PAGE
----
15 – 18 October 2017 | ACC, Liverpool, UK
Pre-Conference Training Courses
Sunday 15th October
The pre-conference programme will take place on Sunday 15th October at the ACC, Liverpool.
The risks posed to children by medicines may be different to adults, as there are significant differences including:
- Use of off-label and unlicensed medications which have not undergone the safety assessments that would be expected in an adult population
- Developmental changes (including hepatic enzyme expression, renal function, and body composition) that affect the pharmacokinetics and pharmacodynamics of the drugs used, that vary across childhood
- Diseases not commonly seen in adult patients (e.g. Duchenne’s muscular dystrophy, Neonatal surfactant deficiency)
- For chronic diseases, negotiating the transition from child to whom medication is administered to independent adult
For the last 11 years, the EU directive, in conjunction with US laws, have driven forward the inclusion of children in early phase clinical trials of new drugs in which there is a paediatric indication, while regulatory agencies continue to refine their methods for collection of post-marketing surveillance data. However significant questions remain about the optimal methods for collecting ADR data (e.g. from the child or parent?), how to generate data from hard to reach populations within paediatrics, how to make sure early phase trials in children (using patients not volunteers) generate meaningful data, and how to understand the data generated.
This course will present the current Pharmacovigilance approach for the monitoring of drug safety in children, covering the issues raised above, as well as providing an overview of the state of the art from clinical trials to observational studies and spontaneous reporting.
|9.00 - 09.45||Adverse drug reactions in children: mind the gaps (in the evidence)||Professor Rosalind Smyth (Director of the UCL Institute of Child Health, Honorary Consultant Respiratory Paediatrician at Great Ormond Street Hospital, previous director of MCRN)|
|09.45 - 10.30||Drug safety in children: observational studies & epidemiology||TBC|
|10.30 - 11.00||Regulatory aspects||Angeliki Siapkara, Medicines and Healthcare Regulatory agency (MHRA)
|11.00 - 11.30||Coffee break|
|11.30 - 12.00||Children in early phase clinical trials: state of the art||Sue Tansey Vice President and Global Head for Therapeutic Strategy Quintiles
|12.00 - 12.30||Difficulties in establishing transplacental ADRs (especially for long term cognitive outcomes)||Marco Tuccori
|12.30 - 13.30||Neonatal pharmacovigilance||Mark Turner University of Liverpool and Chair of enpr-EMA network
|13.30 - 15.00||Lunch|
|15.00 - 15.30||Neonates and Neurodisability: a hard to reach population with specific needs||Ruairi Gallagher Consultant Community Paediatrician, Alder Hey Children's Hospital|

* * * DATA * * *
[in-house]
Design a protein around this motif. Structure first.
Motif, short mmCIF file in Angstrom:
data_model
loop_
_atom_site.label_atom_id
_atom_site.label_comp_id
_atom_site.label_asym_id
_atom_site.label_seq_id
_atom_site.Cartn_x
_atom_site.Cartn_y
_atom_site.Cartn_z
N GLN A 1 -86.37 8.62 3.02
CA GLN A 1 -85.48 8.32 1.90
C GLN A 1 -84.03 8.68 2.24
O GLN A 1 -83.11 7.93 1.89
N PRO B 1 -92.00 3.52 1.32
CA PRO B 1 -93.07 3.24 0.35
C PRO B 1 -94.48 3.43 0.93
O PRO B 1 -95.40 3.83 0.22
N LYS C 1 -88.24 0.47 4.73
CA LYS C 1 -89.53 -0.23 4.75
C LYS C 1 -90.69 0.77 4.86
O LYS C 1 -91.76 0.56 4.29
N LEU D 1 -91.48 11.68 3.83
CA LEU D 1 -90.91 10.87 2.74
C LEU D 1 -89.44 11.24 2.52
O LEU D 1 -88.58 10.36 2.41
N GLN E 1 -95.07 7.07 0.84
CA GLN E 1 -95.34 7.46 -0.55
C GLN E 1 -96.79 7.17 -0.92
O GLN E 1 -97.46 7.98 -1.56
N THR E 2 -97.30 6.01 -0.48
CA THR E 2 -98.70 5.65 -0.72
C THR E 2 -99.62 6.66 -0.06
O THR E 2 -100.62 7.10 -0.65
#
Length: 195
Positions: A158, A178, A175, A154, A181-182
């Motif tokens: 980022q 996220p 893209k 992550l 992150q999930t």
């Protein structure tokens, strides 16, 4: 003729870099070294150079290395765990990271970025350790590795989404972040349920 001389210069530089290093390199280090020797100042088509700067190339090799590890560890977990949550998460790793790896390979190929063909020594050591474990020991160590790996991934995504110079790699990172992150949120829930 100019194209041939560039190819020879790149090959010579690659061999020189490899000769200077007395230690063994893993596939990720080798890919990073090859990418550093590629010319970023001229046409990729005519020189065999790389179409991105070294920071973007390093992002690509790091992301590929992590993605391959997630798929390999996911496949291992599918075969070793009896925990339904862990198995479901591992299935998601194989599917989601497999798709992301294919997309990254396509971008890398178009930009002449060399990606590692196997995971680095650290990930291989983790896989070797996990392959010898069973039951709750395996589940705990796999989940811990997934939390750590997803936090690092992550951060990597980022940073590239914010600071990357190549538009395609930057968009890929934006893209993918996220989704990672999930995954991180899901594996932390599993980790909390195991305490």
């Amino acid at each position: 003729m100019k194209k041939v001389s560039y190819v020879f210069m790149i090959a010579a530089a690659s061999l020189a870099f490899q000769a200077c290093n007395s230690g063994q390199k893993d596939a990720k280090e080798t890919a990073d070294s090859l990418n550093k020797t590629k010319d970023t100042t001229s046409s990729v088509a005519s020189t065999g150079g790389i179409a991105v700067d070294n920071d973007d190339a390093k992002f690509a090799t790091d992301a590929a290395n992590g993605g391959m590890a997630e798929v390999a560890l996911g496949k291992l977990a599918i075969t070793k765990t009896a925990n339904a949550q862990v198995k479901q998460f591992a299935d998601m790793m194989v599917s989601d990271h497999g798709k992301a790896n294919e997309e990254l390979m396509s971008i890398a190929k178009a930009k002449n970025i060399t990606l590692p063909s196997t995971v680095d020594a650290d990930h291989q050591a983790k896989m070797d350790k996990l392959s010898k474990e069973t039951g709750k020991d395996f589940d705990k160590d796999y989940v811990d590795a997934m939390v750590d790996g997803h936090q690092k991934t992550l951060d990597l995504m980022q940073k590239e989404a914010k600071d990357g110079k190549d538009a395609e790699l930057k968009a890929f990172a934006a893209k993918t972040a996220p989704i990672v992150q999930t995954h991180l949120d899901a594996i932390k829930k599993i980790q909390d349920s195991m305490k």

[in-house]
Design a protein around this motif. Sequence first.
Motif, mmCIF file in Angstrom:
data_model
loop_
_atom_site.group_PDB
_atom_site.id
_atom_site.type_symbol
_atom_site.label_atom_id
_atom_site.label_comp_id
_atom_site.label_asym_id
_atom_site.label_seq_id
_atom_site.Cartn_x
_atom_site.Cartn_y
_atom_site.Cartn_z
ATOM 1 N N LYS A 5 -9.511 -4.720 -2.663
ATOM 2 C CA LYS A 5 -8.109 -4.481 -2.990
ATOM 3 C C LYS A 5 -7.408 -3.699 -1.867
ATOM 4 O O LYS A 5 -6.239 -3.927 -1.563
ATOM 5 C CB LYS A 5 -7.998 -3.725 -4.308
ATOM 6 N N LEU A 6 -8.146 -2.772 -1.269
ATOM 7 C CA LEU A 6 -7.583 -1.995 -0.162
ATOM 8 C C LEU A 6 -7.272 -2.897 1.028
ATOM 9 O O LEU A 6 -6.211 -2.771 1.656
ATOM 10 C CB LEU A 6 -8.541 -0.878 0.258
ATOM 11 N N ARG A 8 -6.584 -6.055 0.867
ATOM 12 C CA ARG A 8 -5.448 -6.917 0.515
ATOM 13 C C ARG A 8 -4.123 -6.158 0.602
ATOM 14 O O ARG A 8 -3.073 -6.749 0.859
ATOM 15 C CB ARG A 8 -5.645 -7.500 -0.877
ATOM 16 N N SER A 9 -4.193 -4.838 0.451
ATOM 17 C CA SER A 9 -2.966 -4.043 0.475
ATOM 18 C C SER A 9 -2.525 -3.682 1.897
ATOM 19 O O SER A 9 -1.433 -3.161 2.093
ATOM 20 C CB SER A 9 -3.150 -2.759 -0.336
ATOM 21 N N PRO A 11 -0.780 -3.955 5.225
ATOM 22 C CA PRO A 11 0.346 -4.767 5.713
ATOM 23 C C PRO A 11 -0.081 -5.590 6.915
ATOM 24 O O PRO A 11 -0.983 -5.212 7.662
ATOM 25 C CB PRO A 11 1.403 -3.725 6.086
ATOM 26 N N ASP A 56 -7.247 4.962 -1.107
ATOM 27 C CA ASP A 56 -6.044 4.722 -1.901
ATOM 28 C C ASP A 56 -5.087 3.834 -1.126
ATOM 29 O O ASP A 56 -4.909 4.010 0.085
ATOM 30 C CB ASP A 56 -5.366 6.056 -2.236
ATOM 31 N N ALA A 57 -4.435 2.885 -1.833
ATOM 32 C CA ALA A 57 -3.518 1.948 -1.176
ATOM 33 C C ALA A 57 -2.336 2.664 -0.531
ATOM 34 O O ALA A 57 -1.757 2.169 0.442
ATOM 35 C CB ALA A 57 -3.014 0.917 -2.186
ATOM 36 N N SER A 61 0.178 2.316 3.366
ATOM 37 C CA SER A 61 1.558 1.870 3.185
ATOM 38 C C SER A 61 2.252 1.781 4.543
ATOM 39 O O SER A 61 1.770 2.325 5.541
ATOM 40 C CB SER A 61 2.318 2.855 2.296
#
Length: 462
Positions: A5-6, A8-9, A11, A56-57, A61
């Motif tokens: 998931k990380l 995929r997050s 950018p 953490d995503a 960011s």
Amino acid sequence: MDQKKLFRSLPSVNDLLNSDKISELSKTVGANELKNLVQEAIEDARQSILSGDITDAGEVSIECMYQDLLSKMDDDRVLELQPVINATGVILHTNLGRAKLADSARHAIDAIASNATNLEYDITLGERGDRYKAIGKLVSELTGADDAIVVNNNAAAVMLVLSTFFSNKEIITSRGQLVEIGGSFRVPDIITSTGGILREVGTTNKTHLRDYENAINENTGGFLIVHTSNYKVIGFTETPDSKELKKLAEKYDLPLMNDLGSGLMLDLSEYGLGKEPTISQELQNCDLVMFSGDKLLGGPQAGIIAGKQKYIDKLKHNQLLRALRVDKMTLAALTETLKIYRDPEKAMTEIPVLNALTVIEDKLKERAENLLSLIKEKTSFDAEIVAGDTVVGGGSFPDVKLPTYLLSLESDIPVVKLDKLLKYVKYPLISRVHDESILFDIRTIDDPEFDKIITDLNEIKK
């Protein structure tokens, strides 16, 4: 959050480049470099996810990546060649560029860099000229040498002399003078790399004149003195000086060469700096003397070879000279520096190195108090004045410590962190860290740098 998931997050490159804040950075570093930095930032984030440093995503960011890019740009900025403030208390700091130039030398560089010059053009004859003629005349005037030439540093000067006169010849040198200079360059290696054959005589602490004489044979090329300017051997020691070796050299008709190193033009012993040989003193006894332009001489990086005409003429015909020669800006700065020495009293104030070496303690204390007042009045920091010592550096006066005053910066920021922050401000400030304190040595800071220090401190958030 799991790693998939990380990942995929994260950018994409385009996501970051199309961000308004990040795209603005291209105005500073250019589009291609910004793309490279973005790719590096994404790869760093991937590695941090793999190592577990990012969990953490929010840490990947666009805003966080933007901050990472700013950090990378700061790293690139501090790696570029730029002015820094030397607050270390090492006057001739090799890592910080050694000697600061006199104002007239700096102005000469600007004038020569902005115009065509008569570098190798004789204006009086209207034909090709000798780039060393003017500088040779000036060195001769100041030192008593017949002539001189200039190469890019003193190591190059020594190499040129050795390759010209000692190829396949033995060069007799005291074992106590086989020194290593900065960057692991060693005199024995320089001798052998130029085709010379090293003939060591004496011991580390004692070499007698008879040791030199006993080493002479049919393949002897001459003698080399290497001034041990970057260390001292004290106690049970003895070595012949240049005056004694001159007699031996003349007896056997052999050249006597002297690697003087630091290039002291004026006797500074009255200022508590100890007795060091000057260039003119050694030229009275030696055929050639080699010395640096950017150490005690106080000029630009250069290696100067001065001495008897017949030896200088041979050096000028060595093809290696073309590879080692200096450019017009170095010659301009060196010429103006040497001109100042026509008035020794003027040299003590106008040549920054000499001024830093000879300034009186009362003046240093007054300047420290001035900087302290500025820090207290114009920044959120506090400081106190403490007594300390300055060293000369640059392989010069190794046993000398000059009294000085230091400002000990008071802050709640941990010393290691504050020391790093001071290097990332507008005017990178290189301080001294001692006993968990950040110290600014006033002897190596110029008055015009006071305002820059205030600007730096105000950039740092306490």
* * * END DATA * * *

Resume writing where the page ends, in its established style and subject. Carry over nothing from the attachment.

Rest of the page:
|15.30 - 16.00||Application of spontaneous reporting system to evaluate paediatric ADR||Kristina Star Uppsala Monitoring Centre,Sweden|
|16.00 - 16.30||Coffee break|
|16.30 - 17.15||Precision medicine and paediatric pharmacovigilance: intergrating the genomic data into practice||Daniel Hawcutt University of Liverpool|
Pharmacovigilance and social media
The central role of patients in pharmacovigilance was widely demonstrated during the last decade. The efforts made to involve patients in drug safety monitoring activities produced important results. However, it becomes increasingly evident that the traditional approach of ADR reporting, such as paper-based reports, are often inconvenient, slow and inefficient. It is a pervading professional opinion that there is a necessity to explore and utilize new avenues of data collection to improve the efficacy of the system. The rapid development of technology brings with it the opportunity to harvest vast amounts of data, particularly from social media, to allow earlier signal detection, develop early warning systems and enhance pharmacovigilance and patient safety. If data is harnessed correctly, the field of pharmacovigilance could potentially undergo a revolution.
This course is aimed to stimulate the discussion on how monitoring social media with practical experience from different pharmacovigilance stakeholders. This training course will provide knowledge to improve social media periodic screening for safety information in routine office practice in a pharmaceutical industry and/or in a regulatory agency.
|9.00 - 10.00||Drug safety in Social Media: which social media and what kind of information?|
|10.00 – 11.00||Tools for social media data extraction and analysis|
|11:00 - 11:30||Coffee Break|
|11:30 – 12:30||Drug safety in Social Media: Regulatory perspectives|
|12:30 – 13:30||Periodic assessment of drug safety in social media by pharmaceutical industry|
|13:30 – 15:00||Lunch|
|15:00 – 15:45||How to design a study for signal detection in social media|
|15:45 - 16:30||Beyond social media: Web-based signal detection|
|16:30 – 17:00||Practice: articles reading (groups)|
|17:00 – 17:15||Tea Break|
|17:15 - 17:45||Practice: articles discussion (groups)|